Published on Tuesday, 24 June 2014 00:00
Annelies Marie "Anne" Frank wrote one of the most discussed war memoirs in history, The Diary of a Young Girl, which chronicles her experiences hiding from the Germans during the Holocaust from 12 June 1942 until 1 August 1944. The Jewish girl was born a German national but lost her citizenship during the war. Her acclaimed diary serves as a powerful and painful reminder of the horrors of war and an eloquent testament to the human spirit. You might have read the book, but do you really know what went on behind the scenes?
1. The diary Anne Frank received for her 13th birthday was an autograph book
Anne decided to use it as a journal instead. She switched to two notebooks after she ran out of space to pen down her thoughts in the autograph book, and finally resorted to about 360 pages of loose leaf paper.
2. Anne Frank wrote her diary entries in the form of letters addressed to a person named “Kitty”
Her diary entries do not start off with the typical “Dear Diary”, instead it is written like letters to "Kitty," "Pop," "Phien," "Emmy," "Marianne," "Jetty," "Loutje," "Conny," and "Jackie." Anne initially wrote to all of them but later on just started writing only to Kitty. So who exactly is Kitty? There have been much debate between scholars and a definite conclusion has not yet been reached. Some believe Kitty refers to Anne’s prewar friend, Käthe "Kitty" Egyedi. Others disagree, believing that Anne borrowed the name from her favorite book series, Joop ter Heul, in which the title character’s best friend was named Kitty. Egyedi, who survived the Theresienstadt concentration camp, later said that she did not believe the letters were meant for her.
3. Anne Frank and her family were betrayed by an anonymous person who revealed where they were hiding
German officers raided the building and made arrests on August 4, 1944. The arresting officer, Karl Silberbauer, later said he vividly remembered arresting the Franks, and even told Otto Frank, Anne’s father, “What a lovely daughter you have.” When Silberbauer was found guilty after the war in 1963 for war crimes, he was suspended from his job at the Viennese police force. He is quoted as saying, “Why pick on me after all these years? I only did my duty. Now I am suspended and I have just bought some new furniture and how am I going to pay for it?" After an investigation, he was allowed to return to his job. Silberbauer also later admitted that he bought a copy of The Diary of a Young Girl to see if he had been featured. He wasn’t. “Maybe I should have picked it up off the floor,” he joked.
4. Anne Frank died in Bergen-Belsen concentration camp, but not in the gas chambers
Anne lost her mother to starvation and her sister from typhus while in the concentration camp. She believed her father to be dead but could not confirm it as he was separated from them when they got arrested. Three days after her sister’s death, Anne succumbed to typhus in March 1945. If she hung in there a little longer, she could have been saved by the British who liberated the camp only a few weeks after her death and lived to see herself get famous.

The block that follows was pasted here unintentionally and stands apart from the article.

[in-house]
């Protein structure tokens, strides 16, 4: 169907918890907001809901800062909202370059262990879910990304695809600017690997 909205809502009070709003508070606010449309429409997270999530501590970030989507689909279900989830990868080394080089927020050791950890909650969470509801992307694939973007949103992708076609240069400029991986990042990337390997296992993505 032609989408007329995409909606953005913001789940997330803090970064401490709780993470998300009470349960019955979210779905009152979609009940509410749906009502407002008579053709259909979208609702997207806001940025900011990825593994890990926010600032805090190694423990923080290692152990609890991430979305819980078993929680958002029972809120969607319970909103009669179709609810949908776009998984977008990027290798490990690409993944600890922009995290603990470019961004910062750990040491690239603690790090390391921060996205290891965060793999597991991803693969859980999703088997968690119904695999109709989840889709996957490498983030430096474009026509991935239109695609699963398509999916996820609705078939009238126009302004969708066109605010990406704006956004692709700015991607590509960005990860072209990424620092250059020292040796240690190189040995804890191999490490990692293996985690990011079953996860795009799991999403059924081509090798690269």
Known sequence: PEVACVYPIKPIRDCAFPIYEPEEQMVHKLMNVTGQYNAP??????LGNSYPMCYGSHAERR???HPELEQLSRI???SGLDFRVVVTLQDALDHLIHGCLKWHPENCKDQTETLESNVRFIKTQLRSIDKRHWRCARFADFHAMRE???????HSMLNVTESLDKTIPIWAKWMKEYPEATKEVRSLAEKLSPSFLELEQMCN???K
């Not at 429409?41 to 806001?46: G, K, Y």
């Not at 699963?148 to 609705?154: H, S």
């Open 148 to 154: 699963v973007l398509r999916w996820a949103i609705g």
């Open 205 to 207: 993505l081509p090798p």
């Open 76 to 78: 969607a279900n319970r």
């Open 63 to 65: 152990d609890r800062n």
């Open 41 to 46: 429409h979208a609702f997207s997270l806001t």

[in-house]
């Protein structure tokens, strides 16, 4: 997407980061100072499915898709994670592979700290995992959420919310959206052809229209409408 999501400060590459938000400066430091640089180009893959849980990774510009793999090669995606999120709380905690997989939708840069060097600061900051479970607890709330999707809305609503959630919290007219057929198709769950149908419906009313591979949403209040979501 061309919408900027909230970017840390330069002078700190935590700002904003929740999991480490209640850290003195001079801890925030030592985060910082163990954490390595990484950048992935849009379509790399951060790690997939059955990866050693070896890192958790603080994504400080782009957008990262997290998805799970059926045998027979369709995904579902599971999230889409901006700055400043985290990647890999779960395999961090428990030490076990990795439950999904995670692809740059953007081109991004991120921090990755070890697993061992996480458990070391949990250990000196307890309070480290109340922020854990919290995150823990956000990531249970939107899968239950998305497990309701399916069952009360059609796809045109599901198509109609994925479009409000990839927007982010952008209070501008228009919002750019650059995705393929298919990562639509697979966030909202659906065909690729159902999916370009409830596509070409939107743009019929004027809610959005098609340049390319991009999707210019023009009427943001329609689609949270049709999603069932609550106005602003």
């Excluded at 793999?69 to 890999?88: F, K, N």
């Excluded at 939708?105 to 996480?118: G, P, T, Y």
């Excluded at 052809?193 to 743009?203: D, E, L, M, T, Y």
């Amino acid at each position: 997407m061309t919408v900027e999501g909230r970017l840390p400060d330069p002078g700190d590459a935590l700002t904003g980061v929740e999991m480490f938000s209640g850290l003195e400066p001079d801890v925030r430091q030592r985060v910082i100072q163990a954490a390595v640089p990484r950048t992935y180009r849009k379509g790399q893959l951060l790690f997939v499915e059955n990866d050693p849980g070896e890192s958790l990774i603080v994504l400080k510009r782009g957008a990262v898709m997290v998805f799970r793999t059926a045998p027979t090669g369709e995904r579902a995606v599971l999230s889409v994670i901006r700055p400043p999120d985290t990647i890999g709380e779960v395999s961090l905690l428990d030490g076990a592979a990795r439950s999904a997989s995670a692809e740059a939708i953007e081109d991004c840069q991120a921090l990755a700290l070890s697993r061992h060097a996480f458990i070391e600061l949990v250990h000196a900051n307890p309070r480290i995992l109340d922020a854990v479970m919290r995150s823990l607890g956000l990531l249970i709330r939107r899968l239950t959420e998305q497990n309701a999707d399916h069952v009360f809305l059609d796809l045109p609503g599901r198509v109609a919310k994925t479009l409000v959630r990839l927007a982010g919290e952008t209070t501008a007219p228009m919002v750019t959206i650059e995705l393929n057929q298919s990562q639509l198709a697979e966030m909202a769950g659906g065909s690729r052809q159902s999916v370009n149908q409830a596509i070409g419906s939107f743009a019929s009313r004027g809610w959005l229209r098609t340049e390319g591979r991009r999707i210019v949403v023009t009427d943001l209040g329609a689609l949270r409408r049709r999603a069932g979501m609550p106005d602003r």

5. Of Anne Frank’s entire family, only one person survived
Otto Frank, Anne’s father, was more fortunate than his wife and children. He survived Auschwitz and was liberated by Soviet soldiers in January 1945. By summer, he learned that his daughters and his wife were all dead. Watch a video of Otto talking about Anne’s diary here
6. Otto Frank was given Anne Frank’s diary and he had it published
Miep Gies, one of the Dutch citizens who helped hide the Franks, collected the diaries and paper from the basement where they have been hiding after the soldiers left with the Franks in custody. She hoped to return it to Anne one day but found out that she died, so she handed them over to Otto instead and Otto submitted them for publication knowing that that was what Anne has intended to do. The first edition of the diary was called Het Achterhuis, “The Back House.”
7. Had Miep Gies looked through the diary, the book would have never been published
Gies later said that if she had known the contents of the book, she would have destroyed the writings because the writings incriminated everyone who helped hide the Franks, the van Pels, and Fritz Pfeffer. Otto Frank finally persuaded her to read it when the book was in its second printing.
8. The Diary of a Young Girl is often on the controversial book list for surprising reasons
No, Anne’s diary is not labeled controversial because of how horrific the war was. There are passages in the book where Anne expressed curiosity in her anatomy, which is completely normal for a girl in her teens to do. Some think that it is disgusting while others find it amusing, such as this paragraph:
"There are little folds of skin all over the place, you can hardly find it. The little hole underneath is so terribly small that I simply can't imagine how a man can get in there, let alone how a whole baby can get out!"
9. The sexual content was not even the reason why people tried banning the book in schools
In 1983, a school in Alabama tried to block Anne’s diary from schools simply because it was “a real downer.” Basically they wanted to ban the book because it was too depressing.
10. Some people think that Anne Frank’s diary is fake
There are some people who do not believe that the Holocaust happened. These Holocaust deniers believe that the Holocaust is a hoax arising out of a deliberate Jewish conspiracy to advance the interest of Jews at the expense of other peoples. They thought that Anne Frank’s diary is forged and in an effort to put these rumours to rest, the original documents were analysed for handwriting, glue and binding methods, and the types of ink and paper. Nothing was found that would even remotely point to the diary being a fake.